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Feb 3, 2001, New York, © 2001 SquashTalk
Photos: © 2001 Debra Tessier, squashphotos.com, Vaughn Winchell, and Ron Beck

by Ron Beck

April 2001 has seen Simon Parke slipped from 3rd (in January) to 7th world ranking. Simon Parke is no stranger to adversity and lack of visibility. At 29 can he regain the magic of 1999 and 2000 for the spring campaign? To achieve that in 2001, he will need consistency and a touch more creativity in his game.

Now, with Peter Nicol joining the English stable of players, Simon Parke has lost the "top dog" position in British squash, with the associated attention and potential sponsorships. This gives him an added motivation to show himself the equal of Peter Nicol, and other top players.

"Parkey" is in public quiet and introspective off court, but approaches his battles on court fearlessly. He has been ambitiously lurking just behind the top two, Power and Nicol, waiting for them to falter. Parke, who has been followed by the English fans since he was a junior, put it all together last year in the 1999 SG Cowan US Open when he defeated Nicol and Power on successive nights to win the most important event of his career.

Parke would say later,"I felt that I played my best squash ever in Boston. I've been studying it, trying to replicate my performance there. He almost did that at the Equitable Life Superseries Finals in London last June, just falling short after holding a lead late in the fifth game against Peter Nicol.

The climax proved to be one of the squash highlights of 2000 - an exhilarating 98-minute display of squash at its world best, witnessed by the British Minister for Sport Kate Hoey and described by Nicol as "one of the toughest matches I've played in years." The Scot ultimately survived 13-15 15-9 15-12 12-15 15-12, but both players were given a five-minute standing ovation by the exuberant crowd as they collected their trophies.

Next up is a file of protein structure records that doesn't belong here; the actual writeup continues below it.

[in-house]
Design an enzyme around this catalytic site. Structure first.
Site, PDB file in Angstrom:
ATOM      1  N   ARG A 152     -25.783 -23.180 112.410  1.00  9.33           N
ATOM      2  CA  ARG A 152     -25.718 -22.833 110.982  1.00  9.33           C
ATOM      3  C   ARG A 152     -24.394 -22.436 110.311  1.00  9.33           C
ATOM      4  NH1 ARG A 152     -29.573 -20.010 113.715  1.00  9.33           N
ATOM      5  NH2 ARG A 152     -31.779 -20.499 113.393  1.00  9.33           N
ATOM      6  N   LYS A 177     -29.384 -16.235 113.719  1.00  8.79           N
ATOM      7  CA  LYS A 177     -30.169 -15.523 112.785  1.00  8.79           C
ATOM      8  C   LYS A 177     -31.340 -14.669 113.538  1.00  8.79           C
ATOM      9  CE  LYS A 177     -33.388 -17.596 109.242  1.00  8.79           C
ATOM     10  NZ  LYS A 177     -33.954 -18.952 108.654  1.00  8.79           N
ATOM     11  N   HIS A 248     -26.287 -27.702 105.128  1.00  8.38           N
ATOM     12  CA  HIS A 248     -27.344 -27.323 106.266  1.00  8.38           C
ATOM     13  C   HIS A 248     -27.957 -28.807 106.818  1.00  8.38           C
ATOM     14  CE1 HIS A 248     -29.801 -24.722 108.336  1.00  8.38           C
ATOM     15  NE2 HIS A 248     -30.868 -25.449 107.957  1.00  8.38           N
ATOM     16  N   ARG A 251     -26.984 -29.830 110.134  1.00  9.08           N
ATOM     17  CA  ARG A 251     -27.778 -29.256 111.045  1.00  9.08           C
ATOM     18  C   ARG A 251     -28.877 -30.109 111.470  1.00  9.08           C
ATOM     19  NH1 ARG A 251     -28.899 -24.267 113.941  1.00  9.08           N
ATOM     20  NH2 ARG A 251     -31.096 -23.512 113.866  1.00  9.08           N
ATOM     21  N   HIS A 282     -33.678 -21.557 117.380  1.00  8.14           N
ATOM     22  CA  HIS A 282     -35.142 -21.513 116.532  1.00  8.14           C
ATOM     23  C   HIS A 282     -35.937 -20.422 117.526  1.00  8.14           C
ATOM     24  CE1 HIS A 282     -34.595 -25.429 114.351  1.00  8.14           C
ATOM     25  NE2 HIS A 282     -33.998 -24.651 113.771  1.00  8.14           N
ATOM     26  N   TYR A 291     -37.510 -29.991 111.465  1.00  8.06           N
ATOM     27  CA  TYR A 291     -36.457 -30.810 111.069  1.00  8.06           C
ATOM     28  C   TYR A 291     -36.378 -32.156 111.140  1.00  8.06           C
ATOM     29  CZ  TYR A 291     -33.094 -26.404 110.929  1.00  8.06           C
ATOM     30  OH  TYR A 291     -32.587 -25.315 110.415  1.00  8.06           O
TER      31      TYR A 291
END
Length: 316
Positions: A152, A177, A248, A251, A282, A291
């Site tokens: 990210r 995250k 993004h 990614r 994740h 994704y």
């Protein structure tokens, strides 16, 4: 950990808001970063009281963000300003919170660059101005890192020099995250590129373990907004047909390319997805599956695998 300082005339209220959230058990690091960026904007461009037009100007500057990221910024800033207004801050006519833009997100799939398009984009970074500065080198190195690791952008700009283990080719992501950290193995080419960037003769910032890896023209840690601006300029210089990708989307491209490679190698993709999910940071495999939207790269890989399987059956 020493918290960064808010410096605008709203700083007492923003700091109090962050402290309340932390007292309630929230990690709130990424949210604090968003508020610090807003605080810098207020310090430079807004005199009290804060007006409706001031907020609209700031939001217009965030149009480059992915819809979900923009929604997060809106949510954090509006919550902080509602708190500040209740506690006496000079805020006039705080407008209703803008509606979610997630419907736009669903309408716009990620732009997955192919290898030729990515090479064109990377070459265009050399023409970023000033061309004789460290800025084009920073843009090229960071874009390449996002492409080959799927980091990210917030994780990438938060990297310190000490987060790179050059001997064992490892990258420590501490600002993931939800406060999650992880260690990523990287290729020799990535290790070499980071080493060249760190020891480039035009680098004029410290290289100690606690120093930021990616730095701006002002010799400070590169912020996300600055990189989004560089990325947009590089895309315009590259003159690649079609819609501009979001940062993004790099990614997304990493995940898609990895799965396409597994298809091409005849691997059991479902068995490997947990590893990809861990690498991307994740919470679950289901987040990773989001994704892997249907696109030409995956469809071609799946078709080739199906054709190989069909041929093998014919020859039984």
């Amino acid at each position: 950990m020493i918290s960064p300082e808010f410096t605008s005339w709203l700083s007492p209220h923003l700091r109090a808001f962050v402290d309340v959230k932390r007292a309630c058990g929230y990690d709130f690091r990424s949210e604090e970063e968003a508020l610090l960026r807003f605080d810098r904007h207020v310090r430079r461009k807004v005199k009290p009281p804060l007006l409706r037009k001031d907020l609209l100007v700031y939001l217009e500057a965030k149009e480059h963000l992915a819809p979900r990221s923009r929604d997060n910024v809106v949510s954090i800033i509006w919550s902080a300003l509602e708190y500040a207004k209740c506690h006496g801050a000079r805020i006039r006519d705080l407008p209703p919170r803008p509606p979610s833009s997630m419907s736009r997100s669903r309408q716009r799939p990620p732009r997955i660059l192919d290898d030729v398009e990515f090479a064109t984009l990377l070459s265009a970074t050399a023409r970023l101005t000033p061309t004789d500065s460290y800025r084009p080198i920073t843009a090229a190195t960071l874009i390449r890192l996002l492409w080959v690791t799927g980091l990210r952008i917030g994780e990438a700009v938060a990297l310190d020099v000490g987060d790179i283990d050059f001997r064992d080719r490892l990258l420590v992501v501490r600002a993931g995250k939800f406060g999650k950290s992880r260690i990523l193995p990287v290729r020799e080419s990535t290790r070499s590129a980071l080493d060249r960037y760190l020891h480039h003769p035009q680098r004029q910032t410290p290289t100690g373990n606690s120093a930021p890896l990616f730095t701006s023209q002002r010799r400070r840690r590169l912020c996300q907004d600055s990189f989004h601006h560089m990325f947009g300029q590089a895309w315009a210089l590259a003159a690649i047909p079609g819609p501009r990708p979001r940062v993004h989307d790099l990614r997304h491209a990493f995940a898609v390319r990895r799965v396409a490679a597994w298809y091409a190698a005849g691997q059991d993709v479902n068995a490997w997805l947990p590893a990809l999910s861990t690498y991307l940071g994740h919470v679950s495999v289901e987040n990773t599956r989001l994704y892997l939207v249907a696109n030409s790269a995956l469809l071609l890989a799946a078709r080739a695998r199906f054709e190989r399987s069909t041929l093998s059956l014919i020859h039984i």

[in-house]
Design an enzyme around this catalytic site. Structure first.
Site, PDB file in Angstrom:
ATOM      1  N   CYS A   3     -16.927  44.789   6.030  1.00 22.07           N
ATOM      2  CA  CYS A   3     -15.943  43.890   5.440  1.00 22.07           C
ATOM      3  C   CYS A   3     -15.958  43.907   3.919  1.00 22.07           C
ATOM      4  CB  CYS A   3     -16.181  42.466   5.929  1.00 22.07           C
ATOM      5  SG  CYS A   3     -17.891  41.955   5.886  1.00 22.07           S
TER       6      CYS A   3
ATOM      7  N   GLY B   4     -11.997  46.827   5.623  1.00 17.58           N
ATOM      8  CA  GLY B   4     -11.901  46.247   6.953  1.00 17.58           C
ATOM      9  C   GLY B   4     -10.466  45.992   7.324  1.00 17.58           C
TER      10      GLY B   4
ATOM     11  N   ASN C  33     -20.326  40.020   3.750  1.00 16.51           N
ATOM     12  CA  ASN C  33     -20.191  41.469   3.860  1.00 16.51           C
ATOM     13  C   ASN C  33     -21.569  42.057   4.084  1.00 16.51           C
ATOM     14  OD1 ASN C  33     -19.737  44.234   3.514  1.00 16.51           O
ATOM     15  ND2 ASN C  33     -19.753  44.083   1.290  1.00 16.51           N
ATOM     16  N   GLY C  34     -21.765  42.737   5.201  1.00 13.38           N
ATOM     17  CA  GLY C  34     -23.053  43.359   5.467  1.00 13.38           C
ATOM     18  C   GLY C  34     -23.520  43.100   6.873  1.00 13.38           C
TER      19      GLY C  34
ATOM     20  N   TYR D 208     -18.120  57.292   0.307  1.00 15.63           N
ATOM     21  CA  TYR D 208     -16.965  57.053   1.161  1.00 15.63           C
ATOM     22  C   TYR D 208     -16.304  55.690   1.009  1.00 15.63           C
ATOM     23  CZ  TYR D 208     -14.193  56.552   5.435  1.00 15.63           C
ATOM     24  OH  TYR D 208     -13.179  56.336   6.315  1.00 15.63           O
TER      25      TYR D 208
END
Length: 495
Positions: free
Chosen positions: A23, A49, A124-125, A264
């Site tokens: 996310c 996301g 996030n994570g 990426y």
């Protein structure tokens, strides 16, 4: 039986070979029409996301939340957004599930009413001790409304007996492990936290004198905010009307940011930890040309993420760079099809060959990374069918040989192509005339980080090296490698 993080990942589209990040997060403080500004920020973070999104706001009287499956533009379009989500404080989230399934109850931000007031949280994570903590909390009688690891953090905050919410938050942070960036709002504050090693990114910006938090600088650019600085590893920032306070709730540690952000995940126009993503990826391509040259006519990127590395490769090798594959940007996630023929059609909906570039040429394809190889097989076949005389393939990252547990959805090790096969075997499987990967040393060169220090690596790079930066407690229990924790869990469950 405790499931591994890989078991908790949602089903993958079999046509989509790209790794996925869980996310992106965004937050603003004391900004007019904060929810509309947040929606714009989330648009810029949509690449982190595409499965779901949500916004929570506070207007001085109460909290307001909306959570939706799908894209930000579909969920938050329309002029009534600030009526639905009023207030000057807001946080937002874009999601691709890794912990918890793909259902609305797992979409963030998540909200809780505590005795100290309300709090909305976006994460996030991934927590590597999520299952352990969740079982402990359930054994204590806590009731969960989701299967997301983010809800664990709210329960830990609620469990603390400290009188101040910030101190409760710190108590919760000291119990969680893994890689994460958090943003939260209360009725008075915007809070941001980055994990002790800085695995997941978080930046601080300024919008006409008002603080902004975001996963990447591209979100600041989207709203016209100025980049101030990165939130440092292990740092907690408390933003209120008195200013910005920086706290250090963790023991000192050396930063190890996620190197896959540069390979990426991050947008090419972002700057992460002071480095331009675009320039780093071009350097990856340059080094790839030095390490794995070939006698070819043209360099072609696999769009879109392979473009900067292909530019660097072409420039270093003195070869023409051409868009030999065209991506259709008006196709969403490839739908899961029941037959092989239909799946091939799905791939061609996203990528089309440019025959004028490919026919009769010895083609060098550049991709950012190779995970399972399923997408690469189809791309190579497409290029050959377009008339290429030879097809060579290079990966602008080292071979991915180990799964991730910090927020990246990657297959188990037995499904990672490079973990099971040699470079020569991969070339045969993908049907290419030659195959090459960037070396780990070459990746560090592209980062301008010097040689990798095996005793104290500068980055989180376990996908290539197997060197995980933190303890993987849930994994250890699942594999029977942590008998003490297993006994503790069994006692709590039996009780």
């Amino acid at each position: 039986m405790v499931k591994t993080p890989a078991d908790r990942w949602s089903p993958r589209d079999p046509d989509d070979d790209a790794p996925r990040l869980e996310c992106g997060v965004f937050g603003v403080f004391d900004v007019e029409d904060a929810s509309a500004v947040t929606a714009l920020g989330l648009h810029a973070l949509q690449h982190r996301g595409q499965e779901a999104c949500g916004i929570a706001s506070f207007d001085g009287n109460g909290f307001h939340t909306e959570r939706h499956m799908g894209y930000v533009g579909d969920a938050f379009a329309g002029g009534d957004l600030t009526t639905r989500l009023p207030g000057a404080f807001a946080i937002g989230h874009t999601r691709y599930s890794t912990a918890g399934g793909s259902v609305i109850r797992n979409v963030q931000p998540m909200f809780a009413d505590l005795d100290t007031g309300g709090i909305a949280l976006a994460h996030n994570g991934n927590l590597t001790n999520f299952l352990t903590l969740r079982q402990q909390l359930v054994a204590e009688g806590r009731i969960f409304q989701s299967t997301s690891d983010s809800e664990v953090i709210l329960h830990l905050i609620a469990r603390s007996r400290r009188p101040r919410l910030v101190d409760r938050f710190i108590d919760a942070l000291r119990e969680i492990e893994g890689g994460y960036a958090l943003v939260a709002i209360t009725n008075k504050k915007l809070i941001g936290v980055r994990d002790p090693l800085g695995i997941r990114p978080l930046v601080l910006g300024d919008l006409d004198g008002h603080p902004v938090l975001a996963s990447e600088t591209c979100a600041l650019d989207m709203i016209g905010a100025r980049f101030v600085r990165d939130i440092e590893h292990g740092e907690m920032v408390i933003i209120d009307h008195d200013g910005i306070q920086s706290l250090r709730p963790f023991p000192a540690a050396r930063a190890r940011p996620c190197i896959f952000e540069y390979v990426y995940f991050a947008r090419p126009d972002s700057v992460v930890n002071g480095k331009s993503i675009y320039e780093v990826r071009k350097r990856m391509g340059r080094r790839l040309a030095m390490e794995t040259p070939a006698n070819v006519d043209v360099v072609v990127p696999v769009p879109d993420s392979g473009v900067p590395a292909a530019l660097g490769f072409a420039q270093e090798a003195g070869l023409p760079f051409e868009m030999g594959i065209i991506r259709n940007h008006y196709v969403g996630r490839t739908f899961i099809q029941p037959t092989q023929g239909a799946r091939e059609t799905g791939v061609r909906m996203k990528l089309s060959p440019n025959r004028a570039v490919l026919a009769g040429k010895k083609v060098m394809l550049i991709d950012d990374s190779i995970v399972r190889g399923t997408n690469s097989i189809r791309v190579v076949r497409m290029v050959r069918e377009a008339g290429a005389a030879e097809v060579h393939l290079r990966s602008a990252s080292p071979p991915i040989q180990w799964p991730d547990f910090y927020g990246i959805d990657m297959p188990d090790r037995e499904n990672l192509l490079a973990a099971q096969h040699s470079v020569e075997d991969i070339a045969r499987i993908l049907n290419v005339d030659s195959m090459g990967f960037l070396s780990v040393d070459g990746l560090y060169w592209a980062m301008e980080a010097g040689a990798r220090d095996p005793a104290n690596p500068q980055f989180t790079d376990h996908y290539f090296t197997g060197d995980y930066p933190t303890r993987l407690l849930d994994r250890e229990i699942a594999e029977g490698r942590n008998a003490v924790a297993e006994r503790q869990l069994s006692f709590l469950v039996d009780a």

Simon Parke's game is deceptively simple. His biggest strengths are his precision, patience and endurance. At the SG Cowan, Parke came back 18 hours after playing a 2-hour no-holes barred slugfest against Nicol to play another 1 1/2 hour marathon against Power.

Parke's view: "I'd like the opponent to feel that no matter what he does, I'm not going to get tired out there. It's a psychological advantage for me."

Simon Parke has experienced the very best that life can offer - and almost certainly the worst. The highpoints of his glittering squash career include winning the world junior title and five British Junior Open trophies; becoming England No1 and the British National champion; leading England to two world team championships titles; maintaining an unbroken nine-year presence in the world top twenty; and recently beating the world's top two players en-route to clinching the prestigious US Open title.

His low point came in December 1995 when he was diagnosed as suffering from testicular cancer. Brought up in Yorkshire in the north of England, but now based in Nottingham in the east midlands, Parke first turned professional in August 1988. He made his top 100 debut in July 1989, breaking into the top 50 in January 1990. In May 91 he leapt into the top 20 at 16 (from 37), but not until January 95 did he make his top ten debut, coming in at 7.

Despite his withdrawal from the circuit in early 96, he maintained this top ten status before achieving his career-best No4 position in March 1997. 1996 was an extraordinary year for the Oakham-born player - one which started with surgery for testicular cancer on the 2nd January, then treatment which included chemotherapy, and ended in December with his reinstatement as No1 in England and a triumphant return to the world's top five. Parke's determination - coupled with his natural talent & flair - meant that he was back on the practice court within weeks of his surgery and made his comeback in May in the spectacular Al-Ahram International event in Giza, Egypt, where he beat Irish star Derek Ryan to reach the quarter-finals.

"I spent time with many others in the hospital who were battling greater challenges than I was, and I realised how lucky I was to have the chance to return to play top-level sports. I am looking forward to taking a little longer now at every event to appreciate what part of the world I am in and to enjoy the experience," said Parke at the time.

2001 will certainly be a pivotal year for Simon Parke. He has proved to himself that he can best Nicol, Power and Barada. The question is, will he reach those heights consistently enough to move into the top two?

Parke started off the 2001 campaign with every opportunity to move upwards but had a series of disappointing results. Instead, Evans, Palmer, and Price moved past Parke into the top echelons of the pro ranks.

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